Incentivising parents with young children to return to the labour market after parental leave
Employers in the EU have a wide range of options to incentivise parents of young children to return to work. Government policies addressing the unequal distribution of unpaid (care) work and reducing the gender pay gap would also help increase the employment of mothers.
What is the issue?
In 2018, women's employment rates were lower than men’s in almost all EU member states, according to Eurostat data. Childcare duty has been attributed as an important reason for this underlying gender gap, with many parents deciding not to return to work after childbirth.
While different practices and policies have been implemented across the EU to support parents in returning to work, the most common being family-related leave, a number of factors still discourage them from doing so.
How did we help?
RAND Europe, PPMI and IBS were commissioned by the European Parliament’s Directorate for Internal Policies of the Union to explore which incentives are effective in encouraging parents with young children to return to the labour market after leave.
The study looked at promising practices from EU member states, employers’ approaches, and public interventions that support parents with young children in their return to work. It also considered how the employment situation of parents with young children differs from those without and identified the factors that affect parents’ decisions to return to work.
This research aimed to understand the role of the EU in supporting the labour market participation of parents with young children, as well as to identify possible ways to strengthen it in the future.
What did we find?
The work patterns of parents with young children in the EU do not change much over time, and show that:
- New mums are less likely to be in employment and more likely to be working part-time, compared to women without young children.
- New dads are more likely to be in employment than those without young children.
- New parents are more likely than those without young children to be self-employed and working from home.
The factors that affect parents’ decisions to return to work can be grouped into four categories: socio-demographic and household characteristics, societal/cultural attitudes and values, employment characteristics and policy levers. In addition, the study revealed that:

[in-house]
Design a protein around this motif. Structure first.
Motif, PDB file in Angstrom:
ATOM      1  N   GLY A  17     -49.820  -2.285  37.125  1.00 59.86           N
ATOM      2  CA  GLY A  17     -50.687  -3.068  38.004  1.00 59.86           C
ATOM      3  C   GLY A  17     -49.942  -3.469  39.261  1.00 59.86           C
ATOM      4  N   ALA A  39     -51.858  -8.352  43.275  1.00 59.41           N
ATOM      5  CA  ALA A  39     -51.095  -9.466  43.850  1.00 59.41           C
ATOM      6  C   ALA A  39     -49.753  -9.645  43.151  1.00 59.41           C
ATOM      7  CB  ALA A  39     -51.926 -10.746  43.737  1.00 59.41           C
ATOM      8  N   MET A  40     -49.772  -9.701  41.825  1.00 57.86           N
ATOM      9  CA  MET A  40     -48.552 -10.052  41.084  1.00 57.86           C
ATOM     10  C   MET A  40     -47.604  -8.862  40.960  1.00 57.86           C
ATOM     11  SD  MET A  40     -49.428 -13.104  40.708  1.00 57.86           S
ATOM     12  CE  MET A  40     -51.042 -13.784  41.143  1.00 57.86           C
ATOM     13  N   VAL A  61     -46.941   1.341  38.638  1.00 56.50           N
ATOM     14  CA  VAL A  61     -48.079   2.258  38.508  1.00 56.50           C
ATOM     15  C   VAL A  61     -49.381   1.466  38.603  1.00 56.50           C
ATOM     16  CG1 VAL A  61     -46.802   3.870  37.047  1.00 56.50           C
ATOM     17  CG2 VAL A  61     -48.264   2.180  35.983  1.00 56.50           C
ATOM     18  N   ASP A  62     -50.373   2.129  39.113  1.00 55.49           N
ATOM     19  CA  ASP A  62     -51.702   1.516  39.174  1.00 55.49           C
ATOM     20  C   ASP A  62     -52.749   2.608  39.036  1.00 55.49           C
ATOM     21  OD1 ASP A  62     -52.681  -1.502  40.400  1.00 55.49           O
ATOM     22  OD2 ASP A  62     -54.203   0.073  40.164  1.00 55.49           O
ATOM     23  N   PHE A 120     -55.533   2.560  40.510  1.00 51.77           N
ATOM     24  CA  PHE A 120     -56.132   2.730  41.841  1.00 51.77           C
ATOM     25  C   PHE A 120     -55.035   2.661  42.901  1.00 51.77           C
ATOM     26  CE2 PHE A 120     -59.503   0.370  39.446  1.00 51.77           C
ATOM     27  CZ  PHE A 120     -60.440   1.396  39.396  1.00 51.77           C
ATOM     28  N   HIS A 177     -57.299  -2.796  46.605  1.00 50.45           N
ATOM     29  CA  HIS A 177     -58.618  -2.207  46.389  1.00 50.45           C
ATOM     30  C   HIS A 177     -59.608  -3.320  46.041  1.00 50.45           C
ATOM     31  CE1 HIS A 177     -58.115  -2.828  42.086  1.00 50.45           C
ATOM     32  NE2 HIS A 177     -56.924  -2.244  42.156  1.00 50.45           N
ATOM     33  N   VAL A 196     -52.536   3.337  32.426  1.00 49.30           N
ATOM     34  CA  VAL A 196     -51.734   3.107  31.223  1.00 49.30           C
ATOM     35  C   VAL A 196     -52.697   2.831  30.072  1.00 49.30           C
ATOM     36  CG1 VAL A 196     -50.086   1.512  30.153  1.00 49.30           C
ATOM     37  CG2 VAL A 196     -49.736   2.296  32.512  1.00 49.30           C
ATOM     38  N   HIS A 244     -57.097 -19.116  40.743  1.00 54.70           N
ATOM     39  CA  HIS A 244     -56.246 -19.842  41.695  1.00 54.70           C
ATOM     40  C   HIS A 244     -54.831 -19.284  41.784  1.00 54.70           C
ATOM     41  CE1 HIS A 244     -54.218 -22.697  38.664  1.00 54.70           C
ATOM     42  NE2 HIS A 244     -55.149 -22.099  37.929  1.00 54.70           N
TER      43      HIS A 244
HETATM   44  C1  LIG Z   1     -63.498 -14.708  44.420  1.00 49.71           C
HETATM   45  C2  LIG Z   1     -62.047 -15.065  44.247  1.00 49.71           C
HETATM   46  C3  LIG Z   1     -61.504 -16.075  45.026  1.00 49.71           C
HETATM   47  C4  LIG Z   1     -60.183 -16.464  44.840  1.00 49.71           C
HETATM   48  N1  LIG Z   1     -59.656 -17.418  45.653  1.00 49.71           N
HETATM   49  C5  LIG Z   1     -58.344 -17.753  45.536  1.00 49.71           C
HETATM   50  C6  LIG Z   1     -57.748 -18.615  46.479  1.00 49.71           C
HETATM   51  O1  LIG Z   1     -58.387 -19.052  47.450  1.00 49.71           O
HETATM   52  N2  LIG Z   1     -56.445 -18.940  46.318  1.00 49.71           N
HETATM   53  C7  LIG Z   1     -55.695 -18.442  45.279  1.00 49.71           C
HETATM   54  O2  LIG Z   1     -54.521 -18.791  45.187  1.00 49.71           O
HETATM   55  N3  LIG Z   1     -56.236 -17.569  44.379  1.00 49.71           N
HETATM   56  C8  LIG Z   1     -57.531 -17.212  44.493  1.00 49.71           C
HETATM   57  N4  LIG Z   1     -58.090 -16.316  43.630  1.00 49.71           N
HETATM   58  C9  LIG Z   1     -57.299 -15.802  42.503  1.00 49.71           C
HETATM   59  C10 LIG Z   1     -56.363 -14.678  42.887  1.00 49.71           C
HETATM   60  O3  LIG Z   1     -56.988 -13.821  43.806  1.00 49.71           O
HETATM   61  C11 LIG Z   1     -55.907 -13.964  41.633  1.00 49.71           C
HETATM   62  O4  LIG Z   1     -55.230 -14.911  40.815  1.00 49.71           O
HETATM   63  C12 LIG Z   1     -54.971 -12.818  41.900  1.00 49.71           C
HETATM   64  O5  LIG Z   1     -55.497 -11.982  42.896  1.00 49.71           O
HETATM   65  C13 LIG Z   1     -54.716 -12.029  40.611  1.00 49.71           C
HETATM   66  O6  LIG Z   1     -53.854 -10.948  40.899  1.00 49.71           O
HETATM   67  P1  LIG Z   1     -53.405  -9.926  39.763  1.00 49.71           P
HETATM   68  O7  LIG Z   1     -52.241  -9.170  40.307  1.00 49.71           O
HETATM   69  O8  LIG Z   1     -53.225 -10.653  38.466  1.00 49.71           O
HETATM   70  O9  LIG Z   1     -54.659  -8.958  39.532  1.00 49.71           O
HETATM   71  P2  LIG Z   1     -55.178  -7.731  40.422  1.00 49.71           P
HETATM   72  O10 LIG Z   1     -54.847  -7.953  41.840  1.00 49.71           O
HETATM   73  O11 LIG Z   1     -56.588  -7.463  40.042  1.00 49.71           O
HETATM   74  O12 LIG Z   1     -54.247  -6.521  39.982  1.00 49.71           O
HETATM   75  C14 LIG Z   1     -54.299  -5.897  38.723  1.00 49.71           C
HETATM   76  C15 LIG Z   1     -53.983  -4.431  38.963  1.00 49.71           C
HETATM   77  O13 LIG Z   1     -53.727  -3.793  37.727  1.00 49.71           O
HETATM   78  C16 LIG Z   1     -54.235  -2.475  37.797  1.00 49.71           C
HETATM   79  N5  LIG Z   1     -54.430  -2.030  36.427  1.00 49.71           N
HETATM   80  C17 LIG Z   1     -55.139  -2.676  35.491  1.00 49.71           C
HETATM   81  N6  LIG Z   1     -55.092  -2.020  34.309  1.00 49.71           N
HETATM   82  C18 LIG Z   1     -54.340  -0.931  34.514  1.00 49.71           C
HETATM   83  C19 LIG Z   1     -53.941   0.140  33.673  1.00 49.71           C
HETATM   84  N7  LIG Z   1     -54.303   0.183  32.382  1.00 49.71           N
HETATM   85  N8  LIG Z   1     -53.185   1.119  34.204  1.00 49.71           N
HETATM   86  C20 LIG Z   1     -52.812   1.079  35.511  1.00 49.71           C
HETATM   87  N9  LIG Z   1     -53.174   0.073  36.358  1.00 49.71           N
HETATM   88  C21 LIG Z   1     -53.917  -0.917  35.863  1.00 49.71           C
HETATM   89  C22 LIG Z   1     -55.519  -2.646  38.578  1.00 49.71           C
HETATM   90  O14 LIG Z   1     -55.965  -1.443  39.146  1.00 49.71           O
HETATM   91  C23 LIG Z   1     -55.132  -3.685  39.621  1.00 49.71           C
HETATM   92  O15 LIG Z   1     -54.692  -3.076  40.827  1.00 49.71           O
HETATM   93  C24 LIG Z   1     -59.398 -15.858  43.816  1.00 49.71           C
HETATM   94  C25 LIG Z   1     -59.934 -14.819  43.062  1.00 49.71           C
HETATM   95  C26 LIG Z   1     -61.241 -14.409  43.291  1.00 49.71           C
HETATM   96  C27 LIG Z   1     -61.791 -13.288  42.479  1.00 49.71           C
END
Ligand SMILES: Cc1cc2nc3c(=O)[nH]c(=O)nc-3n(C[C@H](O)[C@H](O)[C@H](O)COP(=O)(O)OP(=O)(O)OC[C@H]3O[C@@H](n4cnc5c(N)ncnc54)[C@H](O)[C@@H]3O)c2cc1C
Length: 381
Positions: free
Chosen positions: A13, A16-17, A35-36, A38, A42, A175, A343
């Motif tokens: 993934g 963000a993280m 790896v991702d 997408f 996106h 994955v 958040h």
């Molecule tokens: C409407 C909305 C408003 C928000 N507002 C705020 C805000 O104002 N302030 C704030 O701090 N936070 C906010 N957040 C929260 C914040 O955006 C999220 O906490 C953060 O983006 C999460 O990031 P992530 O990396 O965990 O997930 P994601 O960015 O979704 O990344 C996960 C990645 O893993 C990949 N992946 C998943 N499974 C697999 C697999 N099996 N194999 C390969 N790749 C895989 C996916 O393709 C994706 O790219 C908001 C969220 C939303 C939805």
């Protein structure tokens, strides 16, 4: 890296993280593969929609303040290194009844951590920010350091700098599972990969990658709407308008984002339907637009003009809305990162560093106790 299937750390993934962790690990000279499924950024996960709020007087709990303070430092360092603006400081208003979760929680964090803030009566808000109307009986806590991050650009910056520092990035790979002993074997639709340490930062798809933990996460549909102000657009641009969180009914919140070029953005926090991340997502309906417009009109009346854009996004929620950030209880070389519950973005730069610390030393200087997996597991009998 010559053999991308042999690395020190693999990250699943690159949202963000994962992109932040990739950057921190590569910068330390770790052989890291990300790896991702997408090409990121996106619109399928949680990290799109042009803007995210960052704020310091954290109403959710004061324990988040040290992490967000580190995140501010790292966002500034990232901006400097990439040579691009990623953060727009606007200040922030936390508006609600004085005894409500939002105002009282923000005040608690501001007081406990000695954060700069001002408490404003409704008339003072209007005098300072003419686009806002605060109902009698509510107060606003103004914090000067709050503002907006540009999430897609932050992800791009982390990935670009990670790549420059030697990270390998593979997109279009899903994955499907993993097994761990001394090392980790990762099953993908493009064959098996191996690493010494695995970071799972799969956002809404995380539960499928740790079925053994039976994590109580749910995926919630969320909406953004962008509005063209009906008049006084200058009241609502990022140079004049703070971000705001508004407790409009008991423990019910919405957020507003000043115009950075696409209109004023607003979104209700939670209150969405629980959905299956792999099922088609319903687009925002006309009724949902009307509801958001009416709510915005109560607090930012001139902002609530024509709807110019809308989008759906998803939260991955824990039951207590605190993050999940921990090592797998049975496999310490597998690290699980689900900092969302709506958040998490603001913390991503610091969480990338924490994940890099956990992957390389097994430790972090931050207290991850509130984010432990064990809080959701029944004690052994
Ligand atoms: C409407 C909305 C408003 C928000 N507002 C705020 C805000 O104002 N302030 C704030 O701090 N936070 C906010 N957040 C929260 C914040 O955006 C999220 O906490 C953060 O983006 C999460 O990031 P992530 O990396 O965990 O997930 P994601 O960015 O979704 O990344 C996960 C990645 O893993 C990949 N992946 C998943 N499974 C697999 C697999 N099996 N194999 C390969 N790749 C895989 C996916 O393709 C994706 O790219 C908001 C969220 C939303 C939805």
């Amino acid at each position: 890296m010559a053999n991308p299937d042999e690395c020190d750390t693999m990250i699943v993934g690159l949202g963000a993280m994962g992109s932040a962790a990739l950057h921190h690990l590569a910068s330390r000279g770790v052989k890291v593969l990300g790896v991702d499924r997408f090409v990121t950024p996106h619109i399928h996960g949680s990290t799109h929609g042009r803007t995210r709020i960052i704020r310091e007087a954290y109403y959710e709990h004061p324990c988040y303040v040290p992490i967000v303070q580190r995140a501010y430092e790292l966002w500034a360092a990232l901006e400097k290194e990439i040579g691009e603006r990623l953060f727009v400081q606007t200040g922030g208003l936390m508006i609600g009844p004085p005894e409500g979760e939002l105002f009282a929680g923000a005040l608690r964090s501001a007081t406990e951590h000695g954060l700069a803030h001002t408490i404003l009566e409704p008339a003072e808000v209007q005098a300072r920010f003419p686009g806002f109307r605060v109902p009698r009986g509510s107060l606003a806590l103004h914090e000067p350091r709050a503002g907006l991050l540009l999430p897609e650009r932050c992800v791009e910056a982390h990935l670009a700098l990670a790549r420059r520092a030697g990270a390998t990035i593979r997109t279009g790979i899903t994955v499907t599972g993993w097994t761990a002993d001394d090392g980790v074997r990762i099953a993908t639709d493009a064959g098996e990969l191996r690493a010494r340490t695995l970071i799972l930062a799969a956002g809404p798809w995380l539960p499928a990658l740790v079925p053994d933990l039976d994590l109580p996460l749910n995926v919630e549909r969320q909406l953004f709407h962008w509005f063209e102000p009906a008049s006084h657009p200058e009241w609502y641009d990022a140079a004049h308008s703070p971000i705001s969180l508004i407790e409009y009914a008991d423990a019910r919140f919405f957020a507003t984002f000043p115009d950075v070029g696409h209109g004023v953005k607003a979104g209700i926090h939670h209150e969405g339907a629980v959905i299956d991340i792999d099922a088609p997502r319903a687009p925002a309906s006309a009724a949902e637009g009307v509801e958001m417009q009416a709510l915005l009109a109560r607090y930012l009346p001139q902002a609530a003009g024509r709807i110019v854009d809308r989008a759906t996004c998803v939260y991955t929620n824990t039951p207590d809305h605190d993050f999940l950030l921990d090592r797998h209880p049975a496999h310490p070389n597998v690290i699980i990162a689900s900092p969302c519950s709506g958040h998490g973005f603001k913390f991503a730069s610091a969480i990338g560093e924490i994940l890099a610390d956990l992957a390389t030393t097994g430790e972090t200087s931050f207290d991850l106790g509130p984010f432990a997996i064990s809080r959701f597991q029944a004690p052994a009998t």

- There is a wide range of options for employers to help parents with young children return to work, including: keeping in touch with parents during leave, career development or coaching upon return, childcare provisions or breastfeeding facilities at workplace, and supporting fathers in taking leave.
- The level of managerial support, alongside job quality, work conditions and workplace culture affect parents’ experiences and can play a role in deciding to return to work.
- Active Labour Market Policies (ALMPs), which support people who are unemployed to find paid work, could be failing to recognise the needs of groups of parents other than single parents (such as those with migrant backgrounds, or with children with disabilities).
What do we recommend?
Areas where the EU might take new or additional actions include:
- Reinforcing efforts to improve gender equality by addressing the unequal distribution of unpaid (care) work and reducing the gender pay gap, both of which would help to increase women’s – and therefore mothers’ – employment.
- Reviewing the need to further enforce or strengthen leave provision for the self-employed and people in precarious employment.
- Addressing evidence and knowledge gaps highlighted in this study by conducting additional research to further help different groups of parents with young children.